Originally published on Tue October 30, 2012 12:41 pm
By Scott Hensley
Credit John Minchillo / AP
When a storm hits, people count on the local hospital to be ready — no matter what.
But when Sandy slammed into New York City, one of Manhattan's biggest hospitals buckled. After the power went out in Lower Manhattan, New York University Langone Medical Center's backup power generators failed, too.
That led to the evacuation of more than 200 patients to other hospitals, including Mount Sinai Medical Center and Memorial Sloan-Kettering Cancer Center.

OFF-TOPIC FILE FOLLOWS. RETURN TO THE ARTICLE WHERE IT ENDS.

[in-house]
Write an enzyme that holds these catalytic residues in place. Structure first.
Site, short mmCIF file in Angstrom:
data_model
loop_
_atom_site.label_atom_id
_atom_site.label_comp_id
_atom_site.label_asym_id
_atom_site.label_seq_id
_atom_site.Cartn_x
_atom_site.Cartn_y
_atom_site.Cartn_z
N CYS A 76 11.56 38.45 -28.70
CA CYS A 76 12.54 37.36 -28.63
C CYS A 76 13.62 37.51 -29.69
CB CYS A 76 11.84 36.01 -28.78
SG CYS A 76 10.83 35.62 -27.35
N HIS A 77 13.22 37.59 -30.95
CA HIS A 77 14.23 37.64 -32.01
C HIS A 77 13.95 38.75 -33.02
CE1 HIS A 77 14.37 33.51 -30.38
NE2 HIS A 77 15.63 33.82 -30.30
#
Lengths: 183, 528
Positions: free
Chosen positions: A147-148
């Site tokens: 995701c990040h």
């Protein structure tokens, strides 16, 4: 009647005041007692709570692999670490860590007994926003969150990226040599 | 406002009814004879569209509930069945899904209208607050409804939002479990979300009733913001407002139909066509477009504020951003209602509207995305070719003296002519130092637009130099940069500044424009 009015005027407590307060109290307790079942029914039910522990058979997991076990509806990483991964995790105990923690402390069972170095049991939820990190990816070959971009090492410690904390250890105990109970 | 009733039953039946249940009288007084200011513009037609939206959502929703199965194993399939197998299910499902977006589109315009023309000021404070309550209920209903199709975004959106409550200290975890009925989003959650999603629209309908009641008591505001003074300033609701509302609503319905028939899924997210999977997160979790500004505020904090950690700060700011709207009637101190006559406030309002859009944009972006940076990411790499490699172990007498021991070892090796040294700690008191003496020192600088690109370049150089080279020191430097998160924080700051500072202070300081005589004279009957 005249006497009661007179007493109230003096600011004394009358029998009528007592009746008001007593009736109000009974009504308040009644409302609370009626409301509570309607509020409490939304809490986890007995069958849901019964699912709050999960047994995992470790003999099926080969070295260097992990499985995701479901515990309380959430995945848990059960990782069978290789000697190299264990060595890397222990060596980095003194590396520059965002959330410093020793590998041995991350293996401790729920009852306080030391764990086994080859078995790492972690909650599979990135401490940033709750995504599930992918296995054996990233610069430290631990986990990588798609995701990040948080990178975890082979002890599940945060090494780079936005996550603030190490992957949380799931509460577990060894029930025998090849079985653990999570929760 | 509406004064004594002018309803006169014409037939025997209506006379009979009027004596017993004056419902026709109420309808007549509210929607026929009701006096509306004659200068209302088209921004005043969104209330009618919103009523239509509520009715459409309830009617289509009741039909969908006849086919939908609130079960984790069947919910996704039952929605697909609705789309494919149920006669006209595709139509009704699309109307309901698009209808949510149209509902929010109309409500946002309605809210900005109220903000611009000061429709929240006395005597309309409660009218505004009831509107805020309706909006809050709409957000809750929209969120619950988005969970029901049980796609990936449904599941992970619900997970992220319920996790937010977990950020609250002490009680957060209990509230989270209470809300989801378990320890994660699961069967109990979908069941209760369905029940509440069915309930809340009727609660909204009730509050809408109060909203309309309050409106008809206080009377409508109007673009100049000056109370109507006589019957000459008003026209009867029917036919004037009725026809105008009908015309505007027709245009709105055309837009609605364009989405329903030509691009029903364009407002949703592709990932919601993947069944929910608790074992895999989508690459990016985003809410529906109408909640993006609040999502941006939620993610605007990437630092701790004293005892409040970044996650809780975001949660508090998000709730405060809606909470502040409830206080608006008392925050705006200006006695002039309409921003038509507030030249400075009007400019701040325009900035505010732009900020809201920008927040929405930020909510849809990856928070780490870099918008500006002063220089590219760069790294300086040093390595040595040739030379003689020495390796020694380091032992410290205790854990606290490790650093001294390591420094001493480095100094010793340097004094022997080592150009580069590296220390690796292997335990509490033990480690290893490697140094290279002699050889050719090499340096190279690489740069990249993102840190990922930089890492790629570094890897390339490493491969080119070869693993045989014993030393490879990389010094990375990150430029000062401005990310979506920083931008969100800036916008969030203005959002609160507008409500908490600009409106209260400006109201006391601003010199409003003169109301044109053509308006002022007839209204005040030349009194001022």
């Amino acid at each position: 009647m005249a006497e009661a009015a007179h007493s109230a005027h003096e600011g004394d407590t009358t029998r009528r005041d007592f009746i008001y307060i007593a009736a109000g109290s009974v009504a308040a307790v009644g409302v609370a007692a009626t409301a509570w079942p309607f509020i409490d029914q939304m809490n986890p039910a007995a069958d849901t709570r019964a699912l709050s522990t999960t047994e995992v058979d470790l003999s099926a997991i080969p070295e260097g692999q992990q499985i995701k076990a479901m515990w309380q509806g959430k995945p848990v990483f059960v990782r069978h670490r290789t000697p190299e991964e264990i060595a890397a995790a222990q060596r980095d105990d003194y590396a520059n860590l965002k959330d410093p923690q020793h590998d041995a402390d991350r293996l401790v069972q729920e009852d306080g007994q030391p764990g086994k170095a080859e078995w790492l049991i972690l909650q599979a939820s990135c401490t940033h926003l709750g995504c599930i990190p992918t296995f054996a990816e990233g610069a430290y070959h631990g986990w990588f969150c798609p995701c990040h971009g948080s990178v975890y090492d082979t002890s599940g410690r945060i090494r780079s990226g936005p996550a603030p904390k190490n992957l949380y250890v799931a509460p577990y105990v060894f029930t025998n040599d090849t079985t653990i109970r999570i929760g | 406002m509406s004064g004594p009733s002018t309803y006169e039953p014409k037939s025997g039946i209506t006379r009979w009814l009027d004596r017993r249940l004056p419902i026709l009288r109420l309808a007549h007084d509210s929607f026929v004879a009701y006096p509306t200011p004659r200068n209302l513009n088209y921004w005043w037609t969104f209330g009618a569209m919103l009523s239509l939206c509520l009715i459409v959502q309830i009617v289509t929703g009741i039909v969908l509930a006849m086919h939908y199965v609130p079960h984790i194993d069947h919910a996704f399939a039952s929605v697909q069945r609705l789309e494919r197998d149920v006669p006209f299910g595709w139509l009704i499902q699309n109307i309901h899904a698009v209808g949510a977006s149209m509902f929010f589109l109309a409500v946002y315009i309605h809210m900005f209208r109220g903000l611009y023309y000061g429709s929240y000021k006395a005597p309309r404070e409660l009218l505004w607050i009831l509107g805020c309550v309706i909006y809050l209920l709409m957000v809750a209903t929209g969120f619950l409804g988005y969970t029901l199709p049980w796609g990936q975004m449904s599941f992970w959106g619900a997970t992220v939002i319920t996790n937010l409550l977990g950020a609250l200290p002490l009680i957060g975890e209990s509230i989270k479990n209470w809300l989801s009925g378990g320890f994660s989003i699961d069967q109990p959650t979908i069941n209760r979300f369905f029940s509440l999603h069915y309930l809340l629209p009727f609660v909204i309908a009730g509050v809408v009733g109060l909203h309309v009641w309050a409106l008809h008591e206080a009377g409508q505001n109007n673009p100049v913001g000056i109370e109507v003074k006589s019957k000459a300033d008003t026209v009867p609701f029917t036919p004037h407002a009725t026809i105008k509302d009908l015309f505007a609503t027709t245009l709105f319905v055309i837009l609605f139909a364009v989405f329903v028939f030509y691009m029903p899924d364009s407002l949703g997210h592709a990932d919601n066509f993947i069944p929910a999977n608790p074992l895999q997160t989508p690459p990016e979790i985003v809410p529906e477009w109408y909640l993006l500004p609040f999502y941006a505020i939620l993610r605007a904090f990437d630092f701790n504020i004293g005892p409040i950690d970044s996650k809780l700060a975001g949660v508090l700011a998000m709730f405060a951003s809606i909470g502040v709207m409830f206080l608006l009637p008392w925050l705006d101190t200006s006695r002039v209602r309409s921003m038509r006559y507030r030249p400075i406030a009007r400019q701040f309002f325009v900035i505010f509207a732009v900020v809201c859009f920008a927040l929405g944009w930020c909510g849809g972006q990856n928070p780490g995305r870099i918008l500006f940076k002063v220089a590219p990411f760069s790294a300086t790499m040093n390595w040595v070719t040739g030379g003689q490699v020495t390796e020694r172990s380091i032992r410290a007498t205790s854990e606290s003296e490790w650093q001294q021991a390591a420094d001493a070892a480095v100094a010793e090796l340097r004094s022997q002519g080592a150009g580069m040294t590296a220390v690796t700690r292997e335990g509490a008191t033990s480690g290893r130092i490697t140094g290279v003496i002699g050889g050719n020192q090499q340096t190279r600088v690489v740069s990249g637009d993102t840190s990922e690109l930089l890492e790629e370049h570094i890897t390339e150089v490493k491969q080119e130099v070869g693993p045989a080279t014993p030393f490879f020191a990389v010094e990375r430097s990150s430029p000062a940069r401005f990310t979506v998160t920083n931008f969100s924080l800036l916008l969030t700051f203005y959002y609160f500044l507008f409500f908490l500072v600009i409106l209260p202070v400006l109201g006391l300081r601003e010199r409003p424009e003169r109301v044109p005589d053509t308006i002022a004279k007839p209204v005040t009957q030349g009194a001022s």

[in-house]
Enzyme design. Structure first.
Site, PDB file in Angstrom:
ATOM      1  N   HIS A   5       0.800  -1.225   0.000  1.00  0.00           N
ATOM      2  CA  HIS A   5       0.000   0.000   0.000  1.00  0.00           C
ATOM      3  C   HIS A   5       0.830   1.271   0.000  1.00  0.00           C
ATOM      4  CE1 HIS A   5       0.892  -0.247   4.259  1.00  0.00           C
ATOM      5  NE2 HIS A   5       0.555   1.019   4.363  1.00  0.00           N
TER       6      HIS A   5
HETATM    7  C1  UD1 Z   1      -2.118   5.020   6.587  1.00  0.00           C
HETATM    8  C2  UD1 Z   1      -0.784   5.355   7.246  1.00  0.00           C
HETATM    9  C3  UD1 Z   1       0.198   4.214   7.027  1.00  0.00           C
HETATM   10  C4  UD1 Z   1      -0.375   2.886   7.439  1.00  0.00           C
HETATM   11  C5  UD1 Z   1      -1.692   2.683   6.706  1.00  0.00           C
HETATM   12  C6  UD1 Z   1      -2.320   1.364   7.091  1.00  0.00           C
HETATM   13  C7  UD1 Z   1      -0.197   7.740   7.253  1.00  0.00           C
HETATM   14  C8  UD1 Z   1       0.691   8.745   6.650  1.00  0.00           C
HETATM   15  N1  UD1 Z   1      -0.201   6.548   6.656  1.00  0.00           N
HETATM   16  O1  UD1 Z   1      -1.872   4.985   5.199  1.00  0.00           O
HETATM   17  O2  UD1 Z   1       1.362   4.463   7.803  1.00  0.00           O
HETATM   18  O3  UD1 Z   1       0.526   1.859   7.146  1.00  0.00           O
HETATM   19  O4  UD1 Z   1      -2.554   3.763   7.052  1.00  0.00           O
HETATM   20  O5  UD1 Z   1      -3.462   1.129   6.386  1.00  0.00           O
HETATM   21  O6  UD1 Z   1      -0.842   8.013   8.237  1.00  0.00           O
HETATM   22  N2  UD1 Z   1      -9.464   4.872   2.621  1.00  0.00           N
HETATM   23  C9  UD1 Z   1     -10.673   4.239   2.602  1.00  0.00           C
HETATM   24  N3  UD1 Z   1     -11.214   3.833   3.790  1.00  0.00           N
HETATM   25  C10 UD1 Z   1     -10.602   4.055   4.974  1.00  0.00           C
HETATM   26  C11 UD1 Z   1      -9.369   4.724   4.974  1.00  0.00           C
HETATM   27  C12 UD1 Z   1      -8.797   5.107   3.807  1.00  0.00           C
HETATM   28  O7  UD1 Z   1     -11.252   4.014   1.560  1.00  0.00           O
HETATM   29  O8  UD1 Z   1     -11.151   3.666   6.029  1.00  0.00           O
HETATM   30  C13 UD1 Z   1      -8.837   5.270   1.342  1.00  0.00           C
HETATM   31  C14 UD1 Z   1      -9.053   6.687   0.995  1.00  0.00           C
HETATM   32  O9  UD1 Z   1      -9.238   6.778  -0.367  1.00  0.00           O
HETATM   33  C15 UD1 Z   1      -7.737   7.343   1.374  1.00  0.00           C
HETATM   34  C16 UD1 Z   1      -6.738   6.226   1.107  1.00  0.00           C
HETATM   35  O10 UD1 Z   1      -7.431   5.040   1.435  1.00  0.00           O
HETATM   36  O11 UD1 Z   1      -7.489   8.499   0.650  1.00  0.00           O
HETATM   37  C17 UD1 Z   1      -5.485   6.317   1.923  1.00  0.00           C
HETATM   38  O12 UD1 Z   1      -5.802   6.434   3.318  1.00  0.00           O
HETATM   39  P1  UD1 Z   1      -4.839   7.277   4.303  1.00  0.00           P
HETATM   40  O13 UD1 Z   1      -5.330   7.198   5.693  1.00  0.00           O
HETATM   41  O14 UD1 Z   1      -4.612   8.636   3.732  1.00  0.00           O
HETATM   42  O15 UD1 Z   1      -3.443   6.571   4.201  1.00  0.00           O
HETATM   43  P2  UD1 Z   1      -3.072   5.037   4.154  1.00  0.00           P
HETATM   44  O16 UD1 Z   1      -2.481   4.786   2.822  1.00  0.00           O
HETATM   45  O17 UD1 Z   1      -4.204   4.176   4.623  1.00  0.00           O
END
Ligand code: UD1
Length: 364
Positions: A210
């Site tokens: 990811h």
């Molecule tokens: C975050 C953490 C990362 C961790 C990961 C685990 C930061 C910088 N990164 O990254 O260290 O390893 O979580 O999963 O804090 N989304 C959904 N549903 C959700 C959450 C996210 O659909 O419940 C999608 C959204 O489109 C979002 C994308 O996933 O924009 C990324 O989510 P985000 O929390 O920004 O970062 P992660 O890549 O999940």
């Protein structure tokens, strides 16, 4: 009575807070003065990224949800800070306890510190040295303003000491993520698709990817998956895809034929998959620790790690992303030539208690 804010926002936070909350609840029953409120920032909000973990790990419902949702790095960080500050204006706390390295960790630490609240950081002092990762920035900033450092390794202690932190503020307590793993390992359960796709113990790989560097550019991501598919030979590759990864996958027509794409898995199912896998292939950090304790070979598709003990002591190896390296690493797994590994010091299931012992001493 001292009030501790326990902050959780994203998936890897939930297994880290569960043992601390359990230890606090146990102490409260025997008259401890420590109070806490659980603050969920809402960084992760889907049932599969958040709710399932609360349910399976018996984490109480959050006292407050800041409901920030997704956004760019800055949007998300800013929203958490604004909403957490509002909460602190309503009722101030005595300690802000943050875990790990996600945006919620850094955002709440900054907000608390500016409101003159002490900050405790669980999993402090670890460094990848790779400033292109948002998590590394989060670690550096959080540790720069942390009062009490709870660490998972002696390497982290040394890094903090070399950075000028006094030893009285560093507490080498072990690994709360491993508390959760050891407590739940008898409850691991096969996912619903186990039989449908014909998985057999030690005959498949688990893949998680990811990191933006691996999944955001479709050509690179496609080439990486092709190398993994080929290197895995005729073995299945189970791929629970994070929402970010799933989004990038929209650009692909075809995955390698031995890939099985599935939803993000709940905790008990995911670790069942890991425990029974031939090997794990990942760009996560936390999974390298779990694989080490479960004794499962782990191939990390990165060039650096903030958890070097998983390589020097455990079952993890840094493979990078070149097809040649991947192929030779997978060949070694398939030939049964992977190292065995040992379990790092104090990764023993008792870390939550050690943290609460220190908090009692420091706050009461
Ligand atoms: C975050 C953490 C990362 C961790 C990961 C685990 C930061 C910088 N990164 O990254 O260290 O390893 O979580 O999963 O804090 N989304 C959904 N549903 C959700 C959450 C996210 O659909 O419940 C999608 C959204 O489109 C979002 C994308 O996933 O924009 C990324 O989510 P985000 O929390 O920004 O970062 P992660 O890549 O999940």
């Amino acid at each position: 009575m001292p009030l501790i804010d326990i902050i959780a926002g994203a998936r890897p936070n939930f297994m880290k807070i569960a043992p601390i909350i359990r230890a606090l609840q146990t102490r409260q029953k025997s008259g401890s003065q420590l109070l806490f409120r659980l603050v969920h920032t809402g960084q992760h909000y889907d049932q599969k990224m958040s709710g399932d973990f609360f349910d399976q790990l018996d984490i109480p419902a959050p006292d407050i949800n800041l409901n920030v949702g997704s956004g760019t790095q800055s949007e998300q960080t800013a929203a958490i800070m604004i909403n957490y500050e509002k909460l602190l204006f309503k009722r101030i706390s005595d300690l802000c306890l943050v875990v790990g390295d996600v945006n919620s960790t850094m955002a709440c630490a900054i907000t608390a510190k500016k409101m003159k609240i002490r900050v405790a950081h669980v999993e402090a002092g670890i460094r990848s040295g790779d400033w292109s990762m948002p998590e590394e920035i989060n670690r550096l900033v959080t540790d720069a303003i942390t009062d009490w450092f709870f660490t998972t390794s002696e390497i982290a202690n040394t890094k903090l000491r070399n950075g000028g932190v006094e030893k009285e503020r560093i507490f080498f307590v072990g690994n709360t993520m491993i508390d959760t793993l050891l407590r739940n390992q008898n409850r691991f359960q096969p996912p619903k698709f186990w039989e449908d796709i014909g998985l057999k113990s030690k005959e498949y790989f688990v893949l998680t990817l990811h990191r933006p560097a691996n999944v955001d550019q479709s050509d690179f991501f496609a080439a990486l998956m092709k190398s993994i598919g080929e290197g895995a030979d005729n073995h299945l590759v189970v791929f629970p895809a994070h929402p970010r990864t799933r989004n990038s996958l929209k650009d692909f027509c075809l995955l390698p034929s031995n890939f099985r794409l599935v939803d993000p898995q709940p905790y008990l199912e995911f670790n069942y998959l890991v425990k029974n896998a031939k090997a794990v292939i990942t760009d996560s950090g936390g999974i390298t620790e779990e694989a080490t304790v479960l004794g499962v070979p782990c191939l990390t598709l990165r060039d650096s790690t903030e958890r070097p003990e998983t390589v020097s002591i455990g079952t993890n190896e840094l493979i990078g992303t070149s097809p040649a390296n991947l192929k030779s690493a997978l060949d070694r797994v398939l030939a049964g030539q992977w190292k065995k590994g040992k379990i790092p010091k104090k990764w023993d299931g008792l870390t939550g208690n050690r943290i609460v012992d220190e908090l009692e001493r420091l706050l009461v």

Patients were still being moved Tuesday morning, the Huffington Post reported.
A paradox of American health care is that hospitals are sometimes rewarded for doing things badly.
Patients who are discharged, for example, shouldn't have to come right back because they got worse after getting home. But if they do come back, hospitals benefit because they can fill an empty bed and bill for more care.
The federal government says, in fact, that Medicare alone pays $17.4 billion a year for unnecessary return visits.